On a balmy 2009 Australia Day evening, I was one of the fortunate multitude who attended the Leconfield Winery for a Leonard Cohen concert that was so joyful and moving that it felt like a spiritual experience, a musical Sermon on the Mount. I got a second dose of that spiritual hit at another Cohen concert at the Adelaide Entertainment Centre in November 2010.
Stewart D’Arietta. Photograph supplied
When the great man died in July 2017, it felt like God had died and that everlasting life was a myth. Cohen can’t be replaced, but he can be remembered and Stewart D’Arietta and his collaborators are doing a fine job on that front.
“Welcome to the Church of Leonard” was D’Arietta’s greeting as he and his band consisting of Michael Kluger (accordion), Victor Rounds (bass), Marty Hailey (guitar), Emily Kelly (backing vocals), and Kelvin Sugar (drums) launched into the perfect Cohen opening number Everybody Knows. Fans of Cohen would have been sated with the set that had most, but not all of the favourites including Bird on a Wire, Suzanne, Tower of Song, Chelsea Hotel#2, Hey, That’s No Way to Say Goodbye, and Closing Time. However, if like me, they were wedded to Cohen’s deity-like deep tones, D’Arietta’s Tom Waits like growl in the lower register and shouty Jimmy Barnes’ top might have jarred somewhat. The arrangements were safe rather than intriguing with one notable exception being accordionist Kluger’s klezmer rhythms on Dance Me to the End of Love. The audience sang along with skill on So Long Marianne and I liked D’Arietta’s decision to recite Cohen’s A Thousand Kisses Deep as pure poetry before launching into the more familiar sung version of it.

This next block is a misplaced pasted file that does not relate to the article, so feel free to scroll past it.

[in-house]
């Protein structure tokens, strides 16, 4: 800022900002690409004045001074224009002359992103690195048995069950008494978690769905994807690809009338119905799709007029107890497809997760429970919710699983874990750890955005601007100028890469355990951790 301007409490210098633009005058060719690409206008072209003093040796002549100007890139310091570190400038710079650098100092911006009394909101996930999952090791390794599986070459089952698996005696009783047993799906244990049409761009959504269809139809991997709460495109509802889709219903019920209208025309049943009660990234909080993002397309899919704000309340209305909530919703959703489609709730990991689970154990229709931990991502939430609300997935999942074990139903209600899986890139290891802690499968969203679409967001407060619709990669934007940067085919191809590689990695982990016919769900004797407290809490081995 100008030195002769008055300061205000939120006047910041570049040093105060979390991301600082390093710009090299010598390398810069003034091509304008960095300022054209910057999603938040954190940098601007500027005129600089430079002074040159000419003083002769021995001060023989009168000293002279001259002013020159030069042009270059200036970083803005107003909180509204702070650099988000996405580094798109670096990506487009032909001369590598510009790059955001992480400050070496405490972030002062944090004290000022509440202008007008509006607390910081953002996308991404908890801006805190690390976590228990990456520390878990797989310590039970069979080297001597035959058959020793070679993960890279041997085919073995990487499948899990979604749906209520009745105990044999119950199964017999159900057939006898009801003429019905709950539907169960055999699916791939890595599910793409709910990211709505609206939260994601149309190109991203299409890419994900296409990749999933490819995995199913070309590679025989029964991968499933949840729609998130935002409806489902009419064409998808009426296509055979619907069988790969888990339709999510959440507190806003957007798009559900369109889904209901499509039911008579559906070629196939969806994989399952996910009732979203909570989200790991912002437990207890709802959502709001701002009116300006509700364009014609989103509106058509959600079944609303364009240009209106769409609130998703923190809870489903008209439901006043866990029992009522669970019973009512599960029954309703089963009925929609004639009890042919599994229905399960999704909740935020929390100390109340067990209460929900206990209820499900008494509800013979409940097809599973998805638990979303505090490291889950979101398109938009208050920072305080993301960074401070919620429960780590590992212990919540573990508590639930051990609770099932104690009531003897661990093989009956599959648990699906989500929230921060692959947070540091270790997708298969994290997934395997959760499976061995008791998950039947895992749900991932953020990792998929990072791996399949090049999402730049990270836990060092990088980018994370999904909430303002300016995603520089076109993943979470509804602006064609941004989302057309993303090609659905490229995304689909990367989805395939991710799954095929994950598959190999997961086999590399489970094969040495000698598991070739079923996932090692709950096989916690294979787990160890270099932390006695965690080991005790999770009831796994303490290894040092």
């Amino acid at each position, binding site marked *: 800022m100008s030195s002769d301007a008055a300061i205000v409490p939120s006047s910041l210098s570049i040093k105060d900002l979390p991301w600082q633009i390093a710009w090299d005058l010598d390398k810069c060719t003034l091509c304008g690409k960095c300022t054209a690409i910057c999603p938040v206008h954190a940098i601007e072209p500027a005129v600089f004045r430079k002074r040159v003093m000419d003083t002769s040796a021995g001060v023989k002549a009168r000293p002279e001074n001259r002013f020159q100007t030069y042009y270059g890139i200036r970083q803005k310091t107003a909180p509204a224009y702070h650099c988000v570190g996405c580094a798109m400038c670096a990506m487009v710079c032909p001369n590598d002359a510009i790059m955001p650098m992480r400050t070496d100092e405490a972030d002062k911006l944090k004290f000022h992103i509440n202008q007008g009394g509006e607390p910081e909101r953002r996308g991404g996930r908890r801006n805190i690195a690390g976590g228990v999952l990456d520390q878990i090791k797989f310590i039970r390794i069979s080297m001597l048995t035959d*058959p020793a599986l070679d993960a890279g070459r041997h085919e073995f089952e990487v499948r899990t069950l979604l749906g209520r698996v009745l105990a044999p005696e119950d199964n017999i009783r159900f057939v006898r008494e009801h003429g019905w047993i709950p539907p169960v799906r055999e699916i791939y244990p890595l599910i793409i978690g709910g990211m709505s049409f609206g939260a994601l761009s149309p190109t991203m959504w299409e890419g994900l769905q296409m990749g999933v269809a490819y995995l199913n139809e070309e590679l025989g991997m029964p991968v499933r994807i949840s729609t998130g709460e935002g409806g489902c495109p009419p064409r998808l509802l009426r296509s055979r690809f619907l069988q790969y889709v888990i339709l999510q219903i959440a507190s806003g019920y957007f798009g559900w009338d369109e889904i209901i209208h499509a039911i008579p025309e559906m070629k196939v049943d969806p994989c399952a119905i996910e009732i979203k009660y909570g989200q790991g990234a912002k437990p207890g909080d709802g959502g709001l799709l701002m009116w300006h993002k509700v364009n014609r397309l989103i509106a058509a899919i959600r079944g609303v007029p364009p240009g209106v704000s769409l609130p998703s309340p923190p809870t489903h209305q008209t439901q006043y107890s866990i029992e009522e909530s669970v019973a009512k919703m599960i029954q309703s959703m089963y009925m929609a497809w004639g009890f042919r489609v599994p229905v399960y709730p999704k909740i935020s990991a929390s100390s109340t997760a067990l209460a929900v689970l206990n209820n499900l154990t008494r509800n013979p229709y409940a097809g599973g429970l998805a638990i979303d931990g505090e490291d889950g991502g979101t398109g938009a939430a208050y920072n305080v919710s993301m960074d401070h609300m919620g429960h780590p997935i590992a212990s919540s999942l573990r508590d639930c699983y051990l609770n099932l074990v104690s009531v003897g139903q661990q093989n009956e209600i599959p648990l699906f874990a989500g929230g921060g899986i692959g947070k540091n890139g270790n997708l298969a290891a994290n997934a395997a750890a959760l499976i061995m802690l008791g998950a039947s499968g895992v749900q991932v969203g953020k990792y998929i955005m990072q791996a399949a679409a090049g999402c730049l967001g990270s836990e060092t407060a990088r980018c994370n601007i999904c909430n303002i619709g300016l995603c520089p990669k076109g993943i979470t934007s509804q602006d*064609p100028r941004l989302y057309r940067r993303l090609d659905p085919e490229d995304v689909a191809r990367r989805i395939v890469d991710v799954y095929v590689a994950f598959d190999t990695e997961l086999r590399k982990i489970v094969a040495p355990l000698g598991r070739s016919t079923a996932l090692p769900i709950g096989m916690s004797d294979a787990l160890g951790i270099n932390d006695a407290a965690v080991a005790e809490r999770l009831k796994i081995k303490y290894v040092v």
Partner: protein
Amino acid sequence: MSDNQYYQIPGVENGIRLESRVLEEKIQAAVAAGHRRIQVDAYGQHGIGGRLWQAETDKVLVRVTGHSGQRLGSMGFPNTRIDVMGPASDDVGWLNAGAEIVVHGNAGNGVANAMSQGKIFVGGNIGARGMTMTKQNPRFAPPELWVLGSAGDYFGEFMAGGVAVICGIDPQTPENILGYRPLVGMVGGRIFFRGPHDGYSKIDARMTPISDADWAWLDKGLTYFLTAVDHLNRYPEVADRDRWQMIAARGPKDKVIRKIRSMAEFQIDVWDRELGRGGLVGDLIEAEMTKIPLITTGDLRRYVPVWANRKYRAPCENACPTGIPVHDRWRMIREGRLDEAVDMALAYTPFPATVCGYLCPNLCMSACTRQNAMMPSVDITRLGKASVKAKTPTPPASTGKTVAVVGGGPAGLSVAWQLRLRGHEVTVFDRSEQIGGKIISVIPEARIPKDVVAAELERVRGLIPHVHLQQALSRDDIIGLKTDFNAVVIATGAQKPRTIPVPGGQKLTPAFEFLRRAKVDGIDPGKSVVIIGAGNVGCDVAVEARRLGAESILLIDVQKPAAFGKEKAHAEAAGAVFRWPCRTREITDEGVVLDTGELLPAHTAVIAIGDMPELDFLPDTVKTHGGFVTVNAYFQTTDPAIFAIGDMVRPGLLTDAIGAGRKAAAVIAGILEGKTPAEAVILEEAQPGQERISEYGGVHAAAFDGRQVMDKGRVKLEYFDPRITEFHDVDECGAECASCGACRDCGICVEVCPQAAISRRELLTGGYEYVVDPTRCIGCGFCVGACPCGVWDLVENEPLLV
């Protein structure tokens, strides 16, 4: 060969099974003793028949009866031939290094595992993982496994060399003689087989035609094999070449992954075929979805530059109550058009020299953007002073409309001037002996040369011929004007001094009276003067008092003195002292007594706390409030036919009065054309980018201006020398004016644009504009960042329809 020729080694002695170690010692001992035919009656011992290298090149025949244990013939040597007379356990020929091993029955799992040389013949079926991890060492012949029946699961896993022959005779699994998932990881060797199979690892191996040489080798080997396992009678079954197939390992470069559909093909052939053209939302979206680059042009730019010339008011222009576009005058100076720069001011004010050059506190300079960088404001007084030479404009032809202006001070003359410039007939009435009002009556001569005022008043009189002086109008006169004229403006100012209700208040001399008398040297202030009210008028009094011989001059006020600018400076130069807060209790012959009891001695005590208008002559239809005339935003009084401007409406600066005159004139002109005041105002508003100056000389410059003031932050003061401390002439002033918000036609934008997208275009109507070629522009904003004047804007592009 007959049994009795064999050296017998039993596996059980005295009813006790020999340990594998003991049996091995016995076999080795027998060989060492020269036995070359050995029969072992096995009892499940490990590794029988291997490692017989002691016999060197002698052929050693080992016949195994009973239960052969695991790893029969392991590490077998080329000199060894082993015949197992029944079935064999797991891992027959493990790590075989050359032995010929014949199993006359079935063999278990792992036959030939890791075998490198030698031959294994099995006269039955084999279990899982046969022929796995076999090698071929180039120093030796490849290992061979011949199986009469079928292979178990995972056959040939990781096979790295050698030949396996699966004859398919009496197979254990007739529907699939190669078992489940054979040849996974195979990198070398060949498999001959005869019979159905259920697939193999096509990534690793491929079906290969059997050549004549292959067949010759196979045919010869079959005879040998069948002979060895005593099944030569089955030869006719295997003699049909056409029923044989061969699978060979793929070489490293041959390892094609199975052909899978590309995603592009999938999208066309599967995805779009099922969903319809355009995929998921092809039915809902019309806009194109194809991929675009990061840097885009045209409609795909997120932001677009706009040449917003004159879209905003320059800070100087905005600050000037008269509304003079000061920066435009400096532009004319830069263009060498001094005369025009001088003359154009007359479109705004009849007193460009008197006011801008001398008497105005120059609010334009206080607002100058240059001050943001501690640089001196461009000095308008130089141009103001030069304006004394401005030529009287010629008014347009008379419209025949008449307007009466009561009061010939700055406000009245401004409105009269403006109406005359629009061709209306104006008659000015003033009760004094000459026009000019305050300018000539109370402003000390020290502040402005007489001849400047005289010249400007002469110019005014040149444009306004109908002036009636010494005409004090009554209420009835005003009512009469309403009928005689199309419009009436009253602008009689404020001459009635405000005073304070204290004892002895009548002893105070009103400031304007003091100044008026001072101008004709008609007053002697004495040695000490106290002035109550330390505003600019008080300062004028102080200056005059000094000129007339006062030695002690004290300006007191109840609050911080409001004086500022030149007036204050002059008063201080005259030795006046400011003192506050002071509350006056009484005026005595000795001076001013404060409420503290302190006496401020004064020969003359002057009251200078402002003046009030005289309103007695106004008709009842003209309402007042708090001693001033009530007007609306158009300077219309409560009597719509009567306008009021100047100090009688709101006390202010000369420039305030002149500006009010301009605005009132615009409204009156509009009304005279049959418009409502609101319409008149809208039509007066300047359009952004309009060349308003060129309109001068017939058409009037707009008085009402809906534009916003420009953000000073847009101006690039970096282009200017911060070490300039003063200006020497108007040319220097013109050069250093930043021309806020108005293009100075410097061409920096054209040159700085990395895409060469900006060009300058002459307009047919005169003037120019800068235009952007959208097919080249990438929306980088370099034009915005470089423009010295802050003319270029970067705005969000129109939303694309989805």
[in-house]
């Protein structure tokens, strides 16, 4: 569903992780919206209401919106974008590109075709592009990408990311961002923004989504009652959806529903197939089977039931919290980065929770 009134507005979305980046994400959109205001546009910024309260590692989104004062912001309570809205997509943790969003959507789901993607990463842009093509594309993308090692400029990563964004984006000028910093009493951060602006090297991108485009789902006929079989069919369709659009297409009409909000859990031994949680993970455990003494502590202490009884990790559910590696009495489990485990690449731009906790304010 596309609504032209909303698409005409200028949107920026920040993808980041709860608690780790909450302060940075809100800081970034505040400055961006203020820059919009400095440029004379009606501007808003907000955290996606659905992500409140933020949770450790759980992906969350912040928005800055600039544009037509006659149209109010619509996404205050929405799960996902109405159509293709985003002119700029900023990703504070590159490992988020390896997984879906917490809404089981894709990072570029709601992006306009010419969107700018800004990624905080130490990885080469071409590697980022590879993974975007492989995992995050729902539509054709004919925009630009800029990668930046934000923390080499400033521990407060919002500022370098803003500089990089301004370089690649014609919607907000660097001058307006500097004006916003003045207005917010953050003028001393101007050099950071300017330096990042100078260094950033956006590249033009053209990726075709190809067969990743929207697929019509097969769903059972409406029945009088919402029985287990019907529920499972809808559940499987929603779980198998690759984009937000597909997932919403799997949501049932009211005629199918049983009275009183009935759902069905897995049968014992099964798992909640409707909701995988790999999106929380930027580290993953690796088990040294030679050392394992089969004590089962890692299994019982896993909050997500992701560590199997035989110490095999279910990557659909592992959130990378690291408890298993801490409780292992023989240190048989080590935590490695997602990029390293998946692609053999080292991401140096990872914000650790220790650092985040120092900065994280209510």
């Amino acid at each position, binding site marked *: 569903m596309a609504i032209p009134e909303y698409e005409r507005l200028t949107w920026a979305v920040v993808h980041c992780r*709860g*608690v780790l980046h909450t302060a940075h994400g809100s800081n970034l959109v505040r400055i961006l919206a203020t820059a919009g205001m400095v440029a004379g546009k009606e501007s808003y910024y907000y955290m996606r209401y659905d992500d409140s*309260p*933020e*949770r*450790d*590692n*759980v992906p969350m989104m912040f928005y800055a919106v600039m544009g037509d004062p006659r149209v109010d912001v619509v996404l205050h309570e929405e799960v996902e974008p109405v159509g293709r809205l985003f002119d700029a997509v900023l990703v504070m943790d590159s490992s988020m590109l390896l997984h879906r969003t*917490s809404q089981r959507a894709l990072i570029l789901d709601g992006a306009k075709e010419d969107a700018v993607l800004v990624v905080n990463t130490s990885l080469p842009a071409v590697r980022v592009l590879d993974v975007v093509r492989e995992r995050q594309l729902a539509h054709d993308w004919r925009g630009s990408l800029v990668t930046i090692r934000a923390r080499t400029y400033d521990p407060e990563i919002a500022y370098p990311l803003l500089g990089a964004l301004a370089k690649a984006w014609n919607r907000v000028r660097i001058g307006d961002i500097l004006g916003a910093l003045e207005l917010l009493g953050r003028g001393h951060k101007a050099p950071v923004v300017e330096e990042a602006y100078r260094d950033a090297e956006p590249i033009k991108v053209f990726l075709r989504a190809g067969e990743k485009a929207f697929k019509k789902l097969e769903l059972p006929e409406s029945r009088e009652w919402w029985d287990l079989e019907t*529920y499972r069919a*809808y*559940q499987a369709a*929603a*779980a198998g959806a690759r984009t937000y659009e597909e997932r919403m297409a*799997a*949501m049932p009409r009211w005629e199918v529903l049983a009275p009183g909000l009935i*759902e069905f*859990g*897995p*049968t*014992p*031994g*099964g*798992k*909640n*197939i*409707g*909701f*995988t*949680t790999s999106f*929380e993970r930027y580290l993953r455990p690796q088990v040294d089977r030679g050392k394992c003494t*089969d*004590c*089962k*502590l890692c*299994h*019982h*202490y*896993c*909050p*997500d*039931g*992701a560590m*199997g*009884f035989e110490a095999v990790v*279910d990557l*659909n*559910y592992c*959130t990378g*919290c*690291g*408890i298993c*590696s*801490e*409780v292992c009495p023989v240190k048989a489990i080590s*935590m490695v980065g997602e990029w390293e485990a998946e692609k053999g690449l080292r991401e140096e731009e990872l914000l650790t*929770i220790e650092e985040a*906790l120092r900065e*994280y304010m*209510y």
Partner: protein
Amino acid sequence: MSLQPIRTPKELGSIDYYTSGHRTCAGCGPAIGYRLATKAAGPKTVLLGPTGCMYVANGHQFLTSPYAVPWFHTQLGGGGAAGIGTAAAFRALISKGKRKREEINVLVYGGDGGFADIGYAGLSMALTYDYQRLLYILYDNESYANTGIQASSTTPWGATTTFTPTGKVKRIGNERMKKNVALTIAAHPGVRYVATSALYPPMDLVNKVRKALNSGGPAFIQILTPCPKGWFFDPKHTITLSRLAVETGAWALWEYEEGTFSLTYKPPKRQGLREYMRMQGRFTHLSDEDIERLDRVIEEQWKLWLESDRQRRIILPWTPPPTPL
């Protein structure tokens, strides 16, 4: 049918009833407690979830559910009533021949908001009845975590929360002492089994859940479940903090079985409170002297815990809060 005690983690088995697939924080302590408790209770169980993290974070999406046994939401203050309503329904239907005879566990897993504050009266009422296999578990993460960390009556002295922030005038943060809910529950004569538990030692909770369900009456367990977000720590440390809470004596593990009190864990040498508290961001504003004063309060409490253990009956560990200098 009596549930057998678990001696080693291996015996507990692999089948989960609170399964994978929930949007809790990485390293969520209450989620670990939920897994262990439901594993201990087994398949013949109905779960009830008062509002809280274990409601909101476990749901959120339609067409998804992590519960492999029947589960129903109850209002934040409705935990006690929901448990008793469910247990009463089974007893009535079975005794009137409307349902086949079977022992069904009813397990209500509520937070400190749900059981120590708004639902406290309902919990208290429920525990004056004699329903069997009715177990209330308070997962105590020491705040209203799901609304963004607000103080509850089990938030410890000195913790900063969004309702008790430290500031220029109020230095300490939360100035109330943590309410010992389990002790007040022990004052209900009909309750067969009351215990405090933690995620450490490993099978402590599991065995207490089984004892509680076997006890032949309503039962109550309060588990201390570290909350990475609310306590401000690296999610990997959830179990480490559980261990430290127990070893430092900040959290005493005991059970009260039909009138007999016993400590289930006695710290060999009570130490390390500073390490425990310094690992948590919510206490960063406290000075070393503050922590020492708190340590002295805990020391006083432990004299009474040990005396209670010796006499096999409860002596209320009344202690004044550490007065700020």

D’Arietta unveiled this show in 2013 and six years later, it might be time to give it more of a cabaret flavour rather than just punching out the hits rock band style. Cohen was a poet and true devotees miss the man’s spirit as much as his music. Hence, there’s a void waiting to be filled if an artist like D’Arietta can find the voice that generates the essence of My Leonard Cohen and the Cohen that thrilled my generation. The show ended with Hallelujah which has become Cohen’s ubiquitous anthem and is sung in church as often as it’s sung in the secular world. That was part of Cohen’s greatness. He spent his entire life searching for the key to the next life and balancing that with the profane, and it was in his renaissance years, after he was forced to tour when his manager Kelly Lynch stole his fortune, that many believed that he’d found the answers to the eternal questions. He was probably just the ultimate loveable rogue having a lend, but we all need our gurus.